held one sword in his hand and the other was still in its scabbard across his back. Blood spattered the front of his leather armour and Haung knew that it all belonged, had belonged, to the Mongol warriors who had faced him in battle. Enlai seemed untouchable and tireless in battle. Wherever the Mongols were about to break the resistance on the wall, in he swept. The soldiers cheered him each and every time, but he never acknowledged it. His face, in battle, was blank and his eyes saw everything at once. There were whispers in the camp that he was an immortal, a god of war, but Haung knew that was wrong. When his own training was complete, and after enough years of practice, he would be that strong, that good. It scared him.
“We are losing men too quickly,” Gongliang agreed. “Soon we will be stretched too thin. Haung, the time is close. We have to go, and in good order too. The traps and barriers in the town will hold them for a time, as long as our own troops don’t set them off during a rout.”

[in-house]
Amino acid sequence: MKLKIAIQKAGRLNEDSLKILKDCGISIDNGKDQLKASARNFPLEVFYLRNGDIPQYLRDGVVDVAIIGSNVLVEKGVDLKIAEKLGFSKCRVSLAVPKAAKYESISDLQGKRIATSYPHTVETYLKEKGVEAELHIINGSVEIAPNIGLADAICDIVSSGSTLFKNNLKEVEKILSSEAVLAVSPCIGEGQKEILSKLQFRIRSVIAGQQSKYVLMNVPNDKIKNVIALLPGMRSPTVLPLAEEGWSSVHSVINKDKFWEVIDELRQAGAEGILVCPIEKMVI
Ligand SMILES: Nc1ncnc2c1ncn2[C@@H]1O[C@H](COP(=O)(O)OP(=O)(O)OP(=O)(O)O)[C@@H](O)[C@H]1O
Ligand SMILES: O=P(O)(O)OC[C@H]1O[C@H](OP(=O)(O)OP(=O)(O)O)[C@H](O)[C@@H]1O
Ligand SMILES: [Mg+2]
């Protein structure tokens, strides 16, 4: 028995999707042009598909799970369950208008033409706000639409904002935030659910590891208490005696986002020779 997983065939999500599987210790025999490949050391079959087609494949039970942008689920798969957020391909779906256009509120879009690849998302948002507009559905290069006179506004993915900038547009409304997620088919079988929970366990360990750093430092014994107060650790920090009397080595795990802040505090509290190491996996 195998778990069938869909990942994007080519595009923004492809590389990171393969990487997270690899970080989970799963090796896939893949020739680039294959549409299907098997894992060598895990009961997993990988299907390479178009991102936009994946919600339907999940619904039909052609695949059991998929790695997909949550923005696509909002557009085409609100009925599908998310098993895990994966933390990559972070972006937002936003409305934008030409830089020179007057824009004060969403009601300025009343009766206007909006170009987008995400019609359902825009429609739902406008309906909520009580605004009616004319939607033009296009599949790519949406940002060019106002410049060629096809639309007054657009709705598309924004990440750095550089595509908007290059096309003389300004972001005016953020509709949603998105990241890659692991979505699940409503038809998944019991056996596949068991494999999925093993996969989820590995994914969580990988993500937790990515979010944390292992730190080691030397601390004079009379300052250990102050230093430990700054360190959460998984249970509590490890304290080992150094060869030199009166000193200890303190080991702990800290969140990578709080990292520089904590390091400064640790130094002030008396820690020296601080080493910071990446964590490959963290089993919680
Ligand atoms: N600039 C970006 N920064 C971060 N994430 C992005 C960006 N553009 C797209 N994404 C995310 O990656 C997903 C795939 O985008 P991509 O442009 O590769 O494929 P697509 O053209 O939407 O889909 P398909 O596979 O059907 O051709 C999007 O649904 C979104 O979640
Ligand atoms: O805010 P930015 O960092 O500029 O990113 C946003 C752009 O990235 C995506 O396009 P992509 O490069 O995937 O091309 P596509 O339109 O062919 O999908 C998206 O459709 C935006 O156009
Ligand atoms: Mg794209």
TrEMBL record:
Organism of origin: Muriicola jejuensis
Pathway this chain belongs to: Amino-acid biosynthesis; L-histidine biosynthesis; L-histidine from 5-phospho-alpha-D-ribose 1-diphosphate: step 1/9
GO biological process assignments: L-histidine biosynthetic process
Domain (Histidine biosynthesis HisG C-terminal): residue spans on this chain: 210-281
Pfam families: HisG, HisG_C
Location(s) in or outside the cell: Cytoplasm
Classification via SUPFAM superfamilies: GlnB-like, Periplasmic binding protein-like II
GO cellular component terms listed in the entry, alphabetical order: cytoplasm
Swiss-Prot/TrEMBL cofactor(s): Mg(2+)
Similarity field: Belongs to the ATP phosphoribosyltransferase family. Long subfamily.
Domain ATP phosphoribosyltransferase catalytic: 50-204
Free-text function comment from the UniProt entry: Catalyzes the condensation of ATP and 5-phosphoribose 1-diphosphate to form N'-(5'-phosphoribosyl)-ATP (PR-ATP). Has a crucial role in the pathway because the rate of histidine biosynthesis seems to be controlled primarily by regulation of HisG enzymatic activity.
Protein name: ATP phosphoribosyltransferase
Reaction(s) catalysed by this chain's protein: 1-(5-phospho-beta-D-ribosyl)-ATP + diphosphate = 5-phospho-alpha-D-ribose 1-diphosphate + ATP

“And the gate?” Haung said.
“We’ve strengthened it as much as we can, and set our own series of traps there. Once it is down they’ll be able to get their horses through and chase us. We’ve piled rubble high behind it and dug pits in the road. It will buy us some time,” Gongliang said, shrugging his shoulders.
“I think that I may have a way of slowing them down,” Xióngmāo said.
Haung turned to face the small woman. She was dressed in her own leather armour and now carried a small repeating crossbow as her weapon. Throughout all the days of battle on the Wall he had never seen her carry the same weapon twice in a row, however she seemed to be proficient with whatever she had chosen to carry on that particular day.
“You can slow them down? How?” Haung said.
The dark-eyed woman looked up at him, and he could see the years in those eyes. She seemed young still, maybe a year or two older than him, five at the most. However, he knew that she had lived for hundreds of years. Without her, and Zhou, the Wall would have been lost days ago. Her allies were nameless and Haung had yet to see them, but the effects were hard to deny.
“We have a new ally,” she said.
“We do, who?”
“Her name is not important, but she can help. I will need to speak to her and convince her of the need, but I think I have a way of making it worth her while.”
“Where is she?” Gongliang asked, looking around.